by Athanasios Katsikidis
With 42 years' worth of experience in the armed forces and intelligence, General Danny Yatom is a living legend in Israel.
It is difficult to read Erdogan’s thoughts but I think that his dream since he was a young student or politician was to bring back the Ottoman Empire...he thinks that Turkey is one of the superpowers
The end of a successful career that includes serving as lieutenant commander of the elite Sayeret Matkal (Israel’s special forces), as well as director of the Mossad for eight terms before entering politics, finds him in his new occupation as a founding executive of CIY Global, a company with a central role in political campaigning, voter psychology and behavioral science.
In this exclusive interview with Kathimerini, General Yatom offers an insightful assessment of current tensions in both the Ukrainian War case and in Greek-Turkish relations.
A few days ago, Russian President Vladimir Putin declared the end of the unipolar world. How close are we to a new Cold War?
Very close. As a matter of fact, maybe we are already in a new Cold War due to the fact that there is a Russian invasion of Ukraine and NATO stands firm on the other side. Until now, there are no clashes. But in the Cold War, there were also almost no clashes between America and the Soviet Union. There was a deterrence between those two sides. In this case, I think it is even more than close to Cold War.
Right now, it is a war in Ukraine with the involvement mainly of the Russians that invaded, but also with the involvement of the West that sent the weapon systems and money and some other stocks to Ukraine without employing any natural soldiers in Ukraine, because it might ignite to something globally. I understand that the leaders refrain from pushing it to be bigger than it is, but they do not know Putin’s thoughts.
It looks to me that Putin might not even stop if he conquers the entire Ukraine because his main idea is to bring back the Russian Empire. All the previous borders and part of those borders are in the middle of Europe. So I think that relations between Russia and the United States and the West will not be the same as they were after the Cold War. We could say that we are in a situation that is even more threatening than the Cold War.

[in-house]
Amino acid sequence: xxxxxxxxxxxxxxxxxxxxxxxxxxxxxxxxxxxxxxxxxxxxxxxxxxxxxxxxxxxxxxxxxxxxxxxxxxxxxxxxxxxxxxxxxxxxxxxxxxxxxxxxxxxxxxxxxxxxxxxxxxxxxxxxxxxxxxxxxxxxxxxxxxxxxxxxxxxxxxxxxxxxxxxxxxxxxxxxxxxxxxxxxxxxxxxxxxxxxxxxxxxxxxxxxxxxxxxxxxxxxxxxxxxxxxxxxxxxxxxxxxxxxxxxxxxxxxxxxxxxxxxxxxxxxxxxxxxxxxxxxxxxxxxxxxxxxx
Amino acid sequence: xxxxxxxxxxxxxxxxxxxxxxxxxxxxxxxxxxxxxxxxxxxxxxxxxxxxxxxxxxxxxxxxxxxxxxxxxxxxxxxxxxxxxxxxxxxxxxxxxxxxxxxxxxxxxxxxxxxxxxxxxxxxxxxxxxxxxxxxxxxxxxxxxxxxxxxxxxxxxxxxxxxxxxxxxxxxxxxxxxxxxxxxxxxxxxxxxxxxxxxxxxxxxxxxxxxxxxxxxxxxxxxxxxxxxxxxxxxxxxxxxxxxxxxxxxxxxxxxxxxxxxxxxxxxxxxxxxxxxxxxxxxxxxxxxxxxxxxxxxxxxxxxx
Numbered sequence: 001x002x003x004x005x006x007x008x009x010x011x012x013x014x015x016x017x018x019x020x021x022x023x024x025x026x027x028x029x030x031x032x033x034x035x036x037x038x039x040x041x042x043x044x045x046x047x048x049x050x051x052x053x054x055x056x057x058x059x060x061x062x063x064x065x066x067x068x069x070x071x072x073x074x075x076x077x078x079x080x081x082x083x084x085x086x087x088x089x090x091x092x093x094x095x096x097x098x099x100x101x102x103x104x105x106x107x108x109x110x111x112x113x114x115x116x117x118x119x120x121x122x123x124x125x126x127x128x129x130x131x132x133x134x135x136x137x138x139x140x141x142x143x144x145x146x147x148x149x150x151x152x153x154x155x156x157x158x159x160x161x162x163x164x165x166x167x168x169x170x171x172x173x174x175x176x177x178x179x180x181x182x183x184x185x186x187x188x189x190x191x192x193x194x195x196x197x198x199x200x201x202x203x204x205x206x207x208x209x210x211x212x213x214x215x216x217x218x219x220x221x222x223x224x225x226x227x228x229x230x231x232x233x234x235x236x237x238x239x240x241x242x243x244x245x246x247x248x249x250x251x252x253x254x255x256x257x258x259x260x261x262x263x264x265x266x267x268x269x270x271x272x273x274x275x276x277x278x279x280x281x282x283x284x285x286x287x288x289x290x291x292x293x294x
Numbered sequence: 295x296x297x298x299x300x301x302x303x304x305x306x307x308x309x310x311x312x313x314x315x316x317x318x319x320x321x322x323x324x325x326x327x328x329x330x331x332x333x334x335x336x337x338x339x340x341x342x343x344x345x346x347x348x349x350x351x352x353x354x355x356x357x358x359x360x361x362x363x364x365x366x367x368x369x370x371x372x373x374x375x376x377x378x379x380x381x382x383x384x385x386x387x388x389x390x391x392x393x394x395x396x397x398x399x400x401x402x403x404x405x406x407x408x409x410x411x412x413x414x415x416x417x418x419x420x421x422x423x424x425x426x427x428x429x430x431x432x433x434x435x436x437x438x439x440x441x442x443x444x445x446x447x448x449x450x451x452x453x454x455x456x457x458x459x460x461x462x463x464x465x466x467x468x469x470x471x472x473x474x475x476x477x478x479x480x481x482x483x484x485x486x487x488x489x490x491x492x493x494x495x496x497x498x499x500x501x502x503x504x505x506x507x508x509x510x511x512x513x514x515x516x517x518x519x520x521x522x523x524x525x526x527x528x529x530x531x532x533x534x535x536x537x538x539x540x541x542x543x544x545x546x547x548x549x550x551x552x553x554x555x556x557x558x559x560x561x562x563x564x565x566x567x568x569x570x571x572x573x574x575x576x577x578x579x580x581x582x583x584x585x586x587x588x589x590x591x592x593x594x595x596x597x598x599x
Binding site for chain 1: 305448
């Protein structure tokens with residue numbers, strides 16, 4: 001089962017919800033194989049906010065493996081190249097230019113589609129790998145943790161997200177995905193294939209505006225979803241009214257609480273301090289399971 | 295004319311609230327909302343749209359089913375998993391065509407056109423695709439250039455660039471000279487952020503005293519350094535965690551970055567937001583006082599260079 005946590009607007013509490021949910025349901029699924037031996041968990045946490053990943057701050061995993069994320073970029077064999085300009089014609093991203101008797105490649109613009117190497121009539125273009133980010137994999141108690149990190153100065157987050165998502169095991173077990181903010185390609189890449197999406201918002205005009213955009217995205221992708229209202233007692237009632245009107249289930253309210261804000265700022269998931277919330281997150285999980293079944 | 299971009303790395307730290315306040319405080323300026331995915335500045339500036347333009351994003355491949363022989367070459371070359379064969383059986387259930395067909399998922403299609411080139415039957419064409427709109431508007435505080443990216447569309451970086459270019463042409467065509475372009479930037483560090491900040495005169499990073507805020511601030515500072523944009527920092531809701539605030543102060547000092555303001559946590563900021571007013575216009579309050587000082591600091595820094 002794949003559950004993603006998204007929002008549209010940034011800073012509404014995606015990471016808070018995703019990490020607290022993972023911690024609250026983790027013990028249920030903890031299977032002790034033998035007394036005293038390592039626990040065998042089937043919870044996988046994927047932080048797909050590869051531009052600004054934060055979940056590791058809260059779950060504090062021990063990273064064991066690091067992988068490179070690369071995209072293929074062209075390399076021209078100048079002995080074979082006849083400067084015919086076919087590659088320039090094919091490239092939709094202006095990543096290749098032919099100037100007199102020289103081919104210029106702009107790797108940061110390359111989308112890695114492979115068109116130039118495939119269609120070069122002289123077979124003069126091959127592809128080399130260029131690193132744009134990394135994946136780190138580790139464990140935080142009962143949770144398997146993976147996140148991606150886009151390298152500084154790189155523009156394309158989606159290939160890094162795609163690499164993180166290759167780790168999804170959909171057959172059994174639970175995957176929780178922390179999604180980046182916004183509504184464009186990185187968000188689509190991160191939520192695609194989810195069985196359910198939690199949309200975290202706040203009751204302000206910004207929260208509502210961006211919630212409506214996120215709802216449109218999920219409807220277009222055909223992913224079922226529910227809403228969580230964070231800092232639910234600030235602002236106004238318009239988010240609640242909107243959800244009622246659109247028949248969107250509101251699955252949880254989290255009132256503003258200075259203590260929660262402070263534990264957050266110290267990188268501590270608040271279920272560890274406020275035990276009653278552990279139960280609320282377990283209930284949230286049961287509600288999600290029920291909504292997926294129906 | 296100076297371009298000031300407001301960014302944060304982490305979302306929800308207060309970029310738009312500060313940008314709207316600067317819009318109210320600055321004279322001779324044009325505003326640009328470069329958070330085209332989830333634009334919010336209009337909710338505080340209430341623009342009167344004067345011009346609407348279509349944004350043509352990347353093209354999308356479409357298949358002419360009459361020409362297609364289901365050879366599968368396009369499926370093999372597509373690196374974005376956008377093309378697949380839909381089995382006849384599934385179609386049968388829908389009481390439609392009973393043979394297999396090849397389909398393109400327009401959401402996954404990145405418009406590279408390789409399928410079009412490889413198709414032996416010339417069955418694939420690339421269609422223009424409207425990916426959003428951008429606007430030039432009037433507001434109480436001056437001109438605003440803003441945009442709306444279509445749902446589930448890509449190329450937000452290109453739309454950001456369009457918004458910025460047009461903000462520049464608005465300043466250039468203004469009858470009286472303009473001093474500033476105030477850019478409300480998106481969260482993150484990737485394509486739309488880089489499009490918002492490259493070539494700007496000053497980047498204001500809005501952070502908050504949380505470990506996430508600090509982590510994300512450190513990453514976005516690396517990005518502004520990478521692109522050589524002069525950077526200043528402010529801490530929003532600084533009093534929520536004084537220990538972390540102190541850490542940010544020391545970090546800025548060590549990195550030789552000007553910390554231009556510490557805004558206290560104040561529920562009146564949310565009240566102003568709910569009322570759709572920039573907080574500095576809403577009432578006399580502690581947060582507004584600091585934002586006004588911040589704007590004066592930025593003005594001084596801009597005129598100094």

Turkey is also raising the stakes in the Eastern Mediterranean. Through your experience, what are President Recep Tayyip Erdogan’s aims and expectations?
It is difficult to read Erdogan’s thoughts but I think that his dream since he was a young student or politician was to bring back the Ottoman Empire and that the Western countries do not treat Turkey in the way they should treat it because he thinks that Turkey is one of the big powers in the world. And, of course, during the last years, everybody saw the quarrels with almost everybody: the Egyptians, the Syrians, the PKK [Kurdish separatists], the Iranians, Israel.
I think Erdogan feels weak. I think that he is worried that he will not be elected again as president [in 2023] and he wants to change the policy in order to gain more political power. So it is his initiative to come closer to Israel. For the first time in 15 years, the minister of foreign affairs of Turkey visited Israel and our president visited Turkey. Relations are becoming warmer. And this is mainly in order to achieve to become friends. I think that the character of Turkey in the free world will become much more positive. The minister of foreign affairs of Iran will visit Turkey, but there is tension in relations between Turkey and Iran. So the bottom line, the end game for Erdogan is to revive the Ottoman Empire.
Many analysts claim that we may be looking at the prelude to total war. Do you see the potential for such a major, global escalation?
Nobody can tell. Generally speaking, I think that the leaders will be smart enough to deter each other and avoid a global escalation because global escalation today might bring the use of nuclear weapons, which might totally destroy major parts of the world that we are living in.